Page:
Second, bands could form "secondary" tribes as a means to defend against state expansion. Members of bands would form more clearly bounded and centralized polities, because such polities could begin producing surpluses that could support a standing army that could fight against states, and they would have a leadership that could co-ordinate economic production and military activities.
In the Native American tribes of North America, tribes are considered sovereign nations, that have retained their sovereignty or been granted legal recognition by the federal government.[ citation needed ]
A society is a group of individuals involved in persistent social interaction, or a large social group sharing the same spatial or social territory, typically subject to the same political authority and dominant cultural expectations. Societies are characterized by patterns of relationships between individuals who share a distinctive culture and institutions; a given society may be described as the sum total of such relationships among its constituent of members. In the social sciences, a larger society often exhibits stratification or dominance patterns in subgroups.
An ethnic group or an ethnicity is a grouping of people who identify with each other on the basis of shared attributes that distinguish them from other groups. Those attributes can include common sets of traditions, ancestry, language, history, society, culture, nation, religion, or social treatment within their residing area. Ethnicity is sometimes used interchangeably with the term nation, particularly in cases of ethnic nationalism, and is separate from the related concept of races.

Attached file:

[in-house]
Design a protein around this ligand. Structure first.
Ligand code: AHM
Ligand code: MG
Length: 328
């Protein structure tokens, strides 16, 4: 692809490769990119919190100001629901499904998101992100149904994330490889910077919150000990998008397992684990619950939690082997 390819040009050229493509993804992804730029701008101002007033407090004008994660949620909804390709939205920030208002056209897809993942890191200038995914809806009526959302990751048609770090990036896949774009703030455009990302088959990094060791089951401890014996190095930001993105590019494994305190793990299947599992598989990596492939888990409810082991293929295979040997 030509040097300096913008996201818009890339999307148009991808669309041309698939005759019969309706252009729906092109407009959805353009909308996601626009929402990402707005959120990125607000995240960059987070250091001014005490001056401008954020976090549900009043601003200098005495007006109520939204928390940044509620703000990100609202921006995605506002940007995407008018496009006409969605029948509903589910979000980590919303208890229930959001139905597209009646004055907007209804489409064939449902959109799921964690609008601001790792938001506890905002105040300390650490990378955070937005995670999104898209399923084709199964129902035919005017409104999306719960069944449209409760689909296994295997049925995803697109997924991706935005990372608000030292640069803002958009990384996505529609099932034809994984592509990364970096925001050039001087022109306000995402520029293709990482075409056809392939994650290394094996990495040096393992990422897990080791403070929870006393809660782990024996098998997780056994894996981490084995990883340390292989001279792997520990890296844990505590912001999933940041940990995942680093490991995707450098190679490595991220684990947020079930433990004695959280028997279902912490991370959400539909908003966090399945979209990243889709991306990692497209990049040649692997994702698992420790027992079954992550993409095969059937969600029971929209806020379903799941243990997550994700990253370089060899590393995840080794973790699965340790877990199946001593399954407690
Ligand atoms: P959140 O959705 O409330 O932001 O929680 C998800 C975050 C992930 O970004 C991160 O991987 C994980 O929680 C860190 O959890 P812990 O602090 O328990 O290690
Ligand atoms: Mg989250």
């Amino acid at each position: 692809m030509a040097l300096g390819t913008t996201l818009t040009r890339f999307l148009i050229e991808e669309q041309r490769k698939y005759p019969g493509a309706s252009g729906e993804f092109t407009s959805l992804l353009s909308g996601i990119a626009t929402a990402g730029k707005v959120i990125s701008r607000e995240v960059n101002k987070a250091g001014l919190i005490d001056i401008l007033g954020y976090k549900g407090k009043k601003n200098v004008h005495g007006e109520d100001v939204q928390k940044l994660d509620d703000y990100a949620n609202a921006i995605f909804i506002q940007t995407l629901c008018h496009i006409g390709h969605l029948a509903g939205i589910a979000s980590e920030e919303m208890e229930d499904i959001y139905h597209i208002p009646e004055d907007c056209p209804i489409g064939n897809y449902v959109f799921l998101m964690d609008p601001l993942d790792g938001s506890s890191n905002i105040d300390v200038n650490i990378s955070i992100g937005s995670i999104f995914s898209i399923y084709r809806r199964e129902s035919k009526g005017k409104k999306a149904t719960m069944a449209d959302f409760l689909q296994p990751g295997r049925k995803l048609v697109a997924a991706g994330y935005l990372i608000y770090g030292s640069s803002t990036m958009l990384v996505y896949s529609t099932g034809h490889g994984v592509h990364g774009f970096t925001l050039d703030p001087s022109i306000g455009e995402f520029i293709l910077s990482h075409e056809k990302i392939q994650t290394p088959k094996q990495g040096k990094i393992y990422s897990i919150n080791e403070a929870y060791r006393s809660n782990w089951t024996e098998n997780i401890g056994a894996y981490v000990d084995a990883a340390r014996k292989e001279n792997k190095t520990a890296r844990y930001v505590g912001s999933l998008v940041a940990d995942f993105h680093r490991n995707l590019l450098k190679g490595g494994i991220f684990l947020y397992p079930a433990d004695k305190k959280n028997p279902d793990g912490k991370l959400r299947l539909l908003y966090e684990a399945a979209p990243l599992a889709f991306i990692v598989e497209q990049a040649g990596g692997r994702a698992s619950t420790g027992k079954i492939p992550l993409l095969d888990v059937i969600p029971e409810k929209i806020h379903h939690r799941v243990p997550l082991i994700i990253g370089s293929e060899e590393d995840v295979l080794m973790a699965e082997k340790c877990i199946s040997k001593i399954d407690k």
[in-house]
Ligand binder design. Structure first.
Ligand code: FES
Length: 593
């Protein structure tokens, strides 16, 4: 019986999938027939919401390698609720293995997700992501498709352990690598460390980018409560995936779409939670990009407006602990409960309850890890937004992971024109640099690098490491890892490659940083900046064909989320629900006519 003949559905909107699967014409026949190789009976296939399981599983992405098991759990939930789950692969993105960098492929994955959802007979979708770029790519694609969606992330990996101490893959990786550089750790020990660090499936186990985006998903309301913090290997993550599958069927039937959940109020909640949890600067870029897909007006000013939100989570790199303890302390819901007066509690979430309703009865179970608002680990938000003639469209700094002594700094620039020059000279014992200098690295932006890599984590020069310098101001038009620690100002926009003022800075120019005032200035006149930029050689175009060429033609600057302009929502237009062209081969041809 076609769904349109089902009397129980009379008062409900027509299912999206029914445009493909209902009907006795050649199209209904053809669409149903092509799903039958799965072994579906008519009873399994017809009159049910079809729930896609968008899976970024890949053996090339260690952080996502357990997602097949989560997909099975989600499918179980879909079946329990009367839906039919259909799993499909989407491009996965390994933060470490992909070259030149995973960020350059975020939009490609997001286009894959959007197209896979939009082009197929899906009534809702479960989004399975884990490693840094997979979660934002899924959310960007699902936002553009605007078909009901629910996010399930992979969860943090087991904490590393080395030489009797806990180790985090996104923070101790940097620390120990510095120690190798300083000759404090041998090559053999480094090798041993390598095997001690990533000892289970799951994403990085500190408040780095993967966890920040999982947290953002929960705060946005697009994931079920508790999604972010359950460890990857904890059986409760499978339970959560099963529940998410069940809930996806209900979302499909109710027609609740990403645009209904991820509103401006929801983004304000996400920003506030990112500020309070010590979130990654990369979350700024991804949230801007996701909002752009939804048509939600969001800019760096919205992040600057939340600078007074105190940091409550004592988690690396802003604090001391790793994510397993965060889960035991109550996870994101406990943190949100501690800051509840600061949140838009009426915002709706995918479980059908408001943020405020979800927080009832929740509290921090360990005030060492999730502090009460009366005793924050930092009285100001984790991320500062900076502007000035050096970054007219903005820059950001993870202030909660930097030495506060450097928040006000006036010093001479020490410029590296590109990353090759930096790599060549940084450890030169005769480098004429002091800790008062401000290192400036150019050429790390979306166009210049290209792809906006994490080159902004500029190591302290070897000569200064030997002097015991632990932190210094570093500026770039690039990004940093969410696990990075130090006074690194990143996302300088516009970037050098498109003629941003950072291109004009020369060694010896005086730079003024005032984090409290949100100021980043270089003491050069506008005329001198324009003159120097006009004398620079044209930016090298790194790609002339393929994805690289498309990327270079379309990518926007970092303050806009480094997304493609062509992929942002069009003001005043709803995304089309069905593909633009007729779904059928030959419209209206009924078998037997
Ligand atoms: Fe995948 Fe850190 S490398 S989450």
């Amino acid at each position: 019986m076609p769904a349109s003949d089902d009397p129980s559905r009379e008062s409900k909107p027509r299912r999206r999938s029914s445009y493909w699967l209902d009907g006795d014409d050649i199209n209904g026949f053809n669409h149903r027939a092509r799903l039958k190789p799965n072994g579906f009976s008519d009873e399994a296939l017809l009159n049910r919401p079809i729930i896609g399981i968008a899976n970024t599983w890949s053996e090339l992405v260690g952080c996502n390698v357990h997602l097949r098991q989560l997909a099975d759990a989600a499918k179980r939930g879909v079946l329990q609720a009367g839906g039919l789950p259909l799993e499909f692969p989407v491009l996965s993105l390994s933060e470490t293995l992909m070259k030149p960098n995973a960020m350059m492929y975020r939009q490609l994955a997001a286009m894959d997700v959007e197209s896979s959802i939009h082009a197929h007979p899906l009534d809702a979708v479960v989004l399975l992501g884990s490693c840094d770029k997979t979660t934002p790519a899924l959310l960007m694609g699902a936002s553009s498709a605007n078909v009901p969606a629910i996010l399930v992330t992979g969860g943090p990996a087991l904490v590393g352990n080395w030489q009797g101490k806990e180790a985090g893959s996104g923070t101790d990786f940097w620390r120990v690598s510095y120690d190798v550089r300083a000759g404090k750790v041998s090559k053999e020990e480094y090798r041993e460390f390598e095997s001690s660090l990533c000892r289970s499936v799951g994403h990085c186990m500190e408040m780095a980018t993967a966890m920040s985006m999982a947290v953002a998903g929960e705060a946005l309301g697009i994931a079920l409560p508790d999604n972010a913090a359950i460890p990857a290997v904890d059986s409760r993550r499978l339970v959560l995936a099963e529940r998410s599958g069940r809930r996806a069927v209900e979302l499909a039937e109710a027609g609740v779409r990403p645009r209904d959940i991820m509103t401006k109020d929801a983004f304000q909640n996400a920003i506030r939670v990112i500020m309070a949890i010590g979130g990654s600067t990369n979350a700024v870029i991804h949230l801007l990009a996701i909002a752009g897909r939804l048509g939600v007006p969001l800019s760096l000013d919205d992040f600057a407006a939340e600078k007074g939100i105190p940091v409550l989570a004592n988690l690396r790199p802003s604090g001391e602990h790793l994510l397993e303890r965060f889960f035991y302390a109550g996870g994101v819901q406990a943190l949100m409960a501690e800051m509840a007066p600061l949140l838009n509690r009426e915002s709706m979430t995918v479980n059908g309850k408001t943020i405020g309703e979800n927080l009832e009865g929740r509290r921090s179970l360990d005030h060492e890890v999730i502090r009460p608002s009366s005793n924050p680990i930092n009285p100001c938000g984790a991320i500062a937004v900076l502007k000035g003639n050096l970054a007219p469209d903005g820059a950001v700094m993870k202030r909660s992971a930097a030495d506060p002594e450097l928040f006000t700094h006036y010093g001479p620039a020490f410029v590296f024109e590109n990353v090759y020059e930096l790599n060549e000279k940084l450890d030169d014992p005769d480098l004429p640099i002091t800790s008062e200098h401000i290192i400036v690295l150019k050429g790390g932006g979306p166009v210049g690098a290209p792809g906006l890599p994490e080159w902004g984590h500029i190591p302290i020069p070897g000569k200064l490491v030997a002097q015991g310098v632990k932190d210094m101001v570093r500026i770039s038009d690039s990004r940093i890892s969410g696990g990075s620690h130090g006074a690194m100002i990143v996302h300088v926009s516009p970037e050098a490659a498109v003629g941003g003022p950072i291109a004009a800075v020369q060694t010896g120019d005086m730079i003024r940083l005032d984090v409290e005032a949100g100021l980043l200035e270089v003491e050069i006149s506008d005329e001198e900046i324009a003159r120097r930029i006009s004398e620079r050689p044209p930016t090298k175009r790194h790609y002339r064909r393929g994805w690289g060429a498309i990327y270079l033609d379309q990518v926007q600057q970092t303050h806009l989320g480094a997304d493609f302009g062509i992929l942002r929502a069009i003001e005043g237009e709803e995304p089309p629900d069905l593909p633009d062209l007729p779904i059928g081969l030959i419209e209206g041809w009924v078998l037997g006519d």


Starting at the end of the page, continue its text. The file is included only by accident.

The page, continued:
Tribalism is the state of being organized by, or advocating for, tribes or tribal lifestyles. Human evolution has primarily occurred in small hunter-gatherer groups, as opposed to in larger and more recently settled agricultural societies or civilizations. With a negative connotation and in a political context, tribalism can also mean discriminatory behavior or attitudes towards out-groups, based on in-group loyalty.
A totem is a spirit being, sacred object, or symbol that serves as an emblem of a group of people, such as a family, clan, lineage, or tribe, such as in the Anishinaabe clan system.
A band society, sometimes called a camp, or in older usage, a horde, is the simplest form of human society. A band generally consists of a small kin group, no larger than an extended family or clan. The general consensus of modern anthropology sees the average number of members of a social band at the simplest level of foraging societies with generally a maximum size of 30 to 50 people.
Omaha kinship is the system of terms and relationships used to define family in Omaha tribal culture. Identified by Lewis Henry Morgan in his 1871 work Systems of Consanguinity and Affinity of the Human Family, the Omaha system is one of the six major kinship systems which he identified internationally.
Political anthropology is the comparative study of politics in a broad range of historical, social, and cultural settings.
A chiefdom is a form of hierarchical political organization in non-industrial societies usually based on kinship, and in which formal leadership is monopolized by the legitimate senior members of select families or 'houses'. These elites form a political-ideological aristocracy relative to the general group.
Fictive kinship is a term used by anthropologists and ethnographers to describe forms of kinship or social ties that are based on neither consanguineal nor affinal ties. It contrasts with true kinship ties.
A segmentary lineage society has equivalent parts ("segments") held together by shared values. A segmentary lineage society is a type of tribal society.